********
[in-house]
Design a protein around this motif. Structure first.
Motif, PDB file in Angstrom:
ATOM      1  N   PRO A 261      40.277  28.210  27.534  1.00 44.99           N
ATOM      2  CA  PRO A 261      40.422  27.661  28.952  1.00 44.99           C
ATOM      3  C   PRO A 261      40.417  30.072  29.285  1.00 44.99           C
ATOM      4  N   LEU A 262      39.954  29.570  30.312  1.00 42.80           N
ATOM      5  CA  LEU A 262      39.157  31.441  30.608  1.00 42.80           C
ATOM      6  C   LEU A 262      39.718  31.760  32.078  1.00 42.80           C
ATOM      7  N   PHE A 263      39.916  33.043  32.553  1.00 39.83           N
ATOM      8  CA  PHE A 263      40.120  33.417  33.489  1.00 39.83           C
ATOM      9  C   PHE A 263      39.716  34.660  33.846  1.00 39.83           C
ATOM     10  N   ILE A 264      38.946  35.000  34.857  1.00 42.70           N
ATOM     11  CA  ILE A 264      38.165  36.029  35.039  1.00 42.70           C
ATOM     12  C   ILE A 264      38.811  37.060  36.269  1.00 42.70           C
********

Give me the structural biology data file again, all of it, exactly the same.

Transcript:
[in-house]
Design a protein around this motif. Structure first.
Motif, PDB file in Angstrom:
ATOM      1  N   PRO A 261      40.277  28.210  27.534  1.00 44.99           N
ATOM      2  CA  PRO A 261      40.422  27.661  28.952  1.00 44.99           C
ATOM      3  C   PRO A 261      40.417  30.072  29.285  1.00 44.99           C
ATOM      4  N   LEU A 262      39.954  29.570  30.312  1.00 42.80           N
ATOM      5  CA  LEU A 262      39.157  31.441  30.608  1.00 42.80           C
ATOM      6  C   LEU A 262      39.718  31.760  32.078  1.00 42.80           C
ATOM      7  N   PHE A 263      39.916  33.043  32.553  1.00 39.83           N
ATOM      8  CA  PHE A 263      40.120  33.417  33.489  1.00 39.83           C
ATOM      9  C   PHE A 263      39.716  34.660  33.846  1.00 39.83           C
ATOM     10  N   ILE A 264      38.946  35.000  34.857  1.00 42.70           N
ATOM     11  CA  ILE A 264      38.165  36.029  35.039  1.00 42.70           C
ATOM     12  C   ILE A 264      38.811  37.060  36.269  1.00 42.70           C